Getting Ahead of the Curve

The majority of my camera purchases have been somewhat “behind the curve”, to the extent that I’ve purchased some just before the announcement of their replacement. However for my latest purchase I’ve gone right to the other end of the spectrum.

I placed my order for the Panasonic GX7 the day it was announced, and have been waiting only moderately patiently for it to turn up, which finally happened on Friday. Why? I think mainly because I have been suffering “new gadget withdrawal”, especially after the disappointment of my Olympus TG2 in April, and the lack of anything appealing from Canon.

It will now be interesting to see how long I have to wait for effective software support. Neither Capture One nor Adobe Camera Raw support it yet. The camera comes with a copy of the ghastly SilkyPix, but personally I’d rather have my teeth drilled. Fortunately Adobe have released some support via their DNG converter, and the in camera JPEGs are pretty good, so if I do get any really wonderful shots in the next month or so I’m not completely stuck.

First impressions? It’s very small, a definite size down from the GH2. I hold my larger cameras gripped firmly by the right hand with the left for additional support and zooming. The GH2 is a bit small for this, but it just about works. However the GX7 is too small altogether, and in addition the lug for the strap pokes out in just the wrong place to dig into the soft part of my hand. I hold the diminutive Canon S95 pinched between thumb and forefinger of my right hand for shooting, with the middle finger of the right hand providing bracing and operating the zoom. The GX7 is a bit big for this, but it may be the right approach, especially when I can work two handed. I’ll have to experiment.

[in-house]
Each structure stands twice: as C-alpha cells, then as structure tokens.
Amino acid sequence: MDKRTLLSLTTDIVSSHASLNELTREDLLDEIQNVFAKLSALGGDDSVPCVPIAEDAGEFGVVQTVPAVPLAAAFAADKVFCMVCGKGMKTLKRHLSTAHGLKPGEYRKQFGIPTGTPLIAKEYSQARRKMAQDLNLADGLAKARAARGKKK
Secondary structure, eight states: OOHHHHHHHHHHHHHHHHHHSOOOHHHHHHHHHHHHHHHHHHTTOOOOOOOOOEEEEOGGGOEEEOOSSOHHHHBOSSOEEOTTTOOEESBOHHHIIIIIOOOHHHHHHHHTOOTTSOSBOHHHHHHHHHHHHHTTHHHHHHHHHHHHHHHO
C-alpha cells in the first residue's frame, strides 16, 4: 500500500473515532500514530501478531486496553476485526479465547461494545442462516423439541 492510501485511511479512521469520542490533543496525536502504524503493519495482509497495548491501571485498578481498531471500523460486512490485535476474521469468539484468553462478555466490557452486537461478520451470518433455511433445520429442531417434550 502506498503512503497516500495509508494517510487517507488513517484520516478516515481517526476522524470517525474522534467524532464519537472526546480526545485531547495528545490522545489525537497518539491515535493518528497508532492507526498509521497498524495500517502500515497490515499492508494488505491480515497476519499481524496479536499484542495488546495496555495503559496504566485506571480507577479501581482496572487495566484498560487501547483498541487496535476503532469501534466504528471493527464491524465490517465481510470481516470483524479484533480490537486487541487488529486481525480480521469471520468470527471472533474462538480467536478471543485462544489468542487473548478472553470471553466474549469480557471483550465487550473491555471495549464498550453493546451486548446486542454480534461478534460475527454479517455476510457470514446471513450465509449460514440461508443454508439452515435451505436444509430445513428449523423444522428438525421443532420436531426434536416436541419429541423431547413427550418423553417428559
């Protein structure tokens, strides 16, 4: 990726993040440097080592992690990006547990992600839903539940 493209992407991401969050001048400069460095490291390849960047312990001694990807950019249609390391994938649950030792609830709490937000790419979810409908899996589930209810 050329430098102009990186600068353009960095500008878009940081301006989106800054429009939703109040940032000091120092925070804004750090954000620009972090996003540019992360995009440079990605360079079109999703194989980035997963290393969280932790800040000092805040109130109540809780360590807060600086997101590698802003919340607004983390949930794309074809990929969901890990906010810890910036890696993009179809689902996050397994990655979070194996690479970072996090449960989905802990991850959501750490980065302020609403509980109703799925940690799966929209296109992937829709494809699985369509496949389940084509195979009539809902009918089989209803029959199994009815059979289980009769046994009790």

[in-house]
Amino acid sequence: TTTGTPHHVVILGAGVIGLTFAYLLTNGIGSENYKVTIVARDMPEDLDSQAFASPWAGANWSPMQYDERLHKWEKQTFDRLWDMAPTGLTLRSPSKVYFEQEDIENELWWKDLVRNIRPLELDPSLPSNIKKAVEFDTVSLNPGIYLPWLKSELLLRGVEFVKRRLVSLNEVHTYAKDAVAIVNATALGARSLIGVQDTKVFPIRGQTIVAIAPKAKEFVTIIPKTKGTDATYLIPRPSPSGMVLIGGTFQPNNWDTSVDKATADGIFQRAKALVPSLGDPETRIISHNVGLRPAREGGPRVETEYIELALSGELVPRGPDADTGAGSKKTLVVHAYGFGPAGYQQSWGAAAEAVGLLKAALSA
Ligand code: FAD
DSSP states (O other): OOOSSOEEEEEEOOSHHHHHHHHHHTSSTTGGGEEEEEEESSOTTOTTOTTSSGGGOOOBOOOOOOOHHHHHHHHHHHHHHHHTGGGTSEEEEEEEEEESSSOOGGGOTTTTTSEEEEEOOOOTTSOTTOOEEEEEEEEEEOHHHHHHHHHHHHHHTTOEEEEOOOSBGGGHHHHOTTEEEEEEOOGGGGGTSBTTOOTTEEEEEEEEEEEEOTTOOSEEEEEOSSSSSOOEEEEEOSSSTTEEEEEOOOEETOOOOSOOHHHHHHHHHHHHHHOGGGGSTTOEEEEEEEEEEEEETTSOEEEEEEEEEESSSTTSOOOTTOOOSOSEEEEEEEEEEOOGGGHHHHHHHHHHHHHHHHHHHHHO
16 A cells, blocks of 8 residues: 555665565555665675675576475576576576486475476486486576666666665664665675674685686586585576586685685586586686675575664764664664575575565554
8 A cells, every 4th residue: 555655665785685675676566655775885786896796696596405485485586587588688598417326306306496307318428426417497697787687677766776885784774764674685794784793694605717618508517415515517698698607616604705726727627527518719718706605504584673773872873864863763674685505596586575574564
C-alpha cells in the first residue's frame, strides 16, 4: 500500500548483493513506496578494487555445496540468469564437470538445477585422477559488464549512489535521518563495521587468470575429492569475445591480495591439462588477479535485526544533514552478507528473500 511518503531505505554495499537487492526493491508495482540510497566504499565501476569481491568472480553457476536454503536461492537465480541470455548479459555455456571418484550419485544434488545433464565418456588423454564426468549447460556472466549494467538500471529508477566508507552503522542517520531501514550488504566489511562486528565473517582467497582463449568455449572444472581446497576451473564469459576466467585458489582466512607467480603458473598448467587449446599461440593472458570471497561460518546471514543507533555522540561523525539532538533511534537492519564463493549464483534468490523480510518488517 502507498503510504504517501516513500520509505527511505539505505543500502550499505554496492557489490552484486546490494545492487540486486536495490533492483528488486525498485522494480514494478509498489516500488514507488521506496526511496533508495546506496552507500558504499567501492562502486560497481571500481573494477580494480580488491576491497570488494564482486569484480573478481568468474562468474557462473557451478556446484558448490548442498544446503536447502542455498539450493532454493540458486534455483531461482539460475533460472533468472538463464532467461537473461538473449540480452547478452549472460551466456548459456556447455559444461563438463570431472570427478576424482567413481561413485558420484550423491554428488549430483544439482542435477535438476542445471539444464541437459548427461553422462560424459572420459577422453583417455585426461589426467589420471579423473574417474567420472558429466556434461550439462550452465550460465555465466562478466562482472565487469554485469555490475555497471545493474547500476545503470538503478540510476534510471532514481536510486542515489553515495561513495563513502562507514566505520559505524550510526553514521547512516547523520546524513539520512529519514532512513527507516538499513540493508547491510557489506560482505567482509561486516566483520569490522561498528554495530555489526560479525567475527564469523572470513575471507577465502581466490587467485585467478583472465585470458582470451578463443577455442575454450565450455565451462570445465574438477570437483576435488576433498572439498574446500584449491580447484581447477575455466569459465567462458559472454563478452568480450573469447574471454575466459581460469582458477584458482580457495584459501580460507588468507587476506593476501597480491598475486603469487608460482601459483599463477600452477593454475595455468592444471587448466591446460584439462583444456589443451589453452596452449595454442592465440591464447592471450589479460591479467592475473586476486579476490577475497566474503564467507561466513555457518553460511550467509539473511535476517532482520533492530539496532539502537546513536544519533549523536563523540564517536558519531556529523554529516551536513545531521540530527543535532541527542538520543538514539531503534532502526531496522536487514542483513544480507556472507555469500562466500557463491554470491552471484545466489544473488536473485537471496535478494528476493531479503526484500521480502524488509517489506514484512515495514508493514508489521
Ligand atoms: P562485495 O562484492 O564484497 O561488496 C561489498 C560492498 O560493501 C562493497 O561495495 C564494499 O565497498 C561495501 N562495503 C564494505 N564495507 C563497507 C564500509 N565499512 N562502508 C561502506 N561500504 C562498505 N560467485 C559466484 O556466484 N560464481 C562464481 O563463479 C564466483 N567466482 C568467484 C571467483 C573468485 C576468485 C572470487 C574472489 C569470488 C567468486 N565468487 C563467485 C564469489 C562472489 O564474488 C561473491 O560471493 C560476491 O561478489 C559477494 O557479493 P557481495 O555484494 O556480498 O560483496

Otherwise all the controls fall to hand and work quite intuitively – the provision of a front control wheel allowing the rear one to be dedicated to exposure adjustment suits my shooting style well and is a dramatic improvement over the GH2.

Based on early reviews I expected the viewfinder to be both larger and clearer than the GH2. I can’t see any real size difference, and it’s still a notch down from a large DSLR like the Canon 7D, but it is almost as clear as a good OVF. Another definite improvement.

Dislikes? Another bloody proprietary USB connector, and it’s different to the GH2. This just gets worse, and any designer who thinks it might be vaguely acceptable should be taken out and shot. This one is so unique that I can’t currently source a spare cable anywhere obvious! However, as it is compatible with the also-new LF1, I hope that it does at least represent the new standard for Panasonic…

Auto ISO is a bit surprising, defaulting rapidly to ISO 6400. It remains to be seen whether this can be justified by the quality of the raw files at that level – the JPEGs are OK, but maybe not as good as I hoped. — CORRECTION — I’ve just had a look at some of the in-camera JPEGs on the PC, and at ISO 3200 they are superb, at ISO 6400 they are really perfectly usable for anything short of fine art, and I would not be ashamed of the ISO 25600 results for an important “memory shot”. It remains to be seen what can be done with the RAW files, but so far, so good.

It looks like the GX7 shares one of the GH2’s failings – the apparent quality when reviewing images in camera is very misleading, and usually pessimistic, something my Canon’s don’t suffer from.

Overall a promising start. I’ll keep you posted.

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